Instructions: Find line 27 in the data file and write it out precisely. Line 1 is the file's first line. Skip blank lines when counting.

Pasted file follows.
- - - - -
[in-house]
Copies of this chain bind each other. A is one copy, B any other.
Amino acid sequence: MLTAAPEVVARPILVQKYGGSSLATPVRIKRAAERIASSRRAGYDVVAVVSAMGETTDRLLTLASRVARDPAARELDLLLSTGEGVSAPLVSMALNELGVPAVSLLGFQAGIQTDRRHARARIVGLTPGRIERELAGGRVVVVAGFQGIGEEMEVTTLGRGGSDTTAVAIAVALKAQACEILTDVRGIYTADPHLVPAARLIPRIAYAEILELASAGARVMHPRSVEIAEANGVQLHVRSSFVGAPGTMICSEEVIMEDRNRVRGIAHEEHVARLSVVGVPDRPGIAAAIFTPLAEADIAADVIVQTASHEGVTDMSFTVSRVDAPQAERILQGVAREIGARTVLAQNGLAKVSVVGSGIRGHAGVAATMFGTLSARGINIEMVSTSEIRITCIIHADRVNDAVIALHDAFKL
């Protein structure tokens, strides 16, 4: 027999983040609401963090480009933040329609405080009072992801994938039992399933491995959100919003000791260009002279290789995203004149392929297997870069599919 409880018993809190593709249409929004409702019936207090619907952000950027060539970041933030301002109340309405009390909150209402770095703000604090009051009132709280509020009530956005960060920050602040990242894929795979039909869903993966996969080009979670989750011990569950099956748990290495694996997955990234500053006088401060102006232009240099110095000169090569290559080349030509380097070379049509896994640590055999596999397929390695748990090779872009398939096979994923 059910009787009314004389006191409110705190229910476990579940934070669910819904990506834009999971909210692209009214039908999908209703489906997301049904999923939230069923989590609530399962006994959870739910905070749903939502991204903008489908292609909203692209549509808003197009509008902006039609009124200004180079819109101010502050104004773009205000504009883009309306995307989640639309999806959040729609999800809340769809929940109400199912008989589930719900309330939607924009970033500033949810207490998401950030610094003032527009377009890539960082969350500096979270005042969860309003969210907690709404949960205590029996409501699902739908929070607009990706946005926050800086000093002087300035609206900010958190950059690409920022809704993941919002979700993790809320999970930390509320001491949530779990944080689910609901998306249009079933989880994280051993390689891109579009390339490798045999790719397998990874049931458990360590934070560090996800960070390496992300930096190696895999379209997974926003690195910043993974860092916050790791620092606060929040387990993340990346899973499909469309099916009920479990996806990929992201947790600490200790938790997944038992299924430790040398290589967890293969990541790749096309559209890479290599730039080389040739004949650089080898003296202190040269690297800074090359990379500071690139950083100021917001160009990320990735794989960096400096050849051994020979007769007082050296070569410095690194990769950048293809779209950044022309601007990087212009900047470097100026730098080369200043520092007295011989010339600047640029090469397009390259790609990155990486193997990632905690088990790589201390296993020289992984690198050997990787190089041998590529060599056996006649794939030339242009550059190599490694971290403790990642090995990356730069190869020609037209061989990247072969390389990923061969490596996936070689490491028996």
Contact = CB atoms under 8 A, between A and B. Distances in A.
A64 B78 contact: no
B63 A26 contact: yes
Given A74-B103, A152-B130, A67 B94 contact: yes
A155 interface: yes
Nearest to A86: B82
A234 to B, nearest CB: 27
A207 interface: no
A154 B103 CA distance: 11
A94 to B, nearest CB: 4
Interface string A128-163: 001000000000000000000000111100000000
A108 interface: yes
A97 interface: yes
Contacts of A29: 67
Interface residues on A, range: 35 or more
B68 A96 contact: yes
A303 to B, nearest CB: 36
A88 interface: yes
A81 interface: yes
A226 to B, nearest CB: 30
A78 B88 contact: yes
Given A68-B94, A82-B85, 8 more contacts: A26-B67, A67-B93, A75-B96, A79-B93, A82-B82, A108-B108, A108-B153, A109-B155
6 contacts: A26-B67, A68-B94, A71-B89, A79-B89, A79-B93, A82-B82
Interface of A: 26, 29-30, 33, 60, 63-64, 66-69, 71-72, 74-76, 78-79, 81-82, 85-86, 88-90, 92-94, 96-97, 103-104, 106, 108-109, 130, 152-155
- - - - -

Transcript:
6 contacts: A26-B67, A68-B94, A71-B89, A79-B89, A79-B93, A82-B82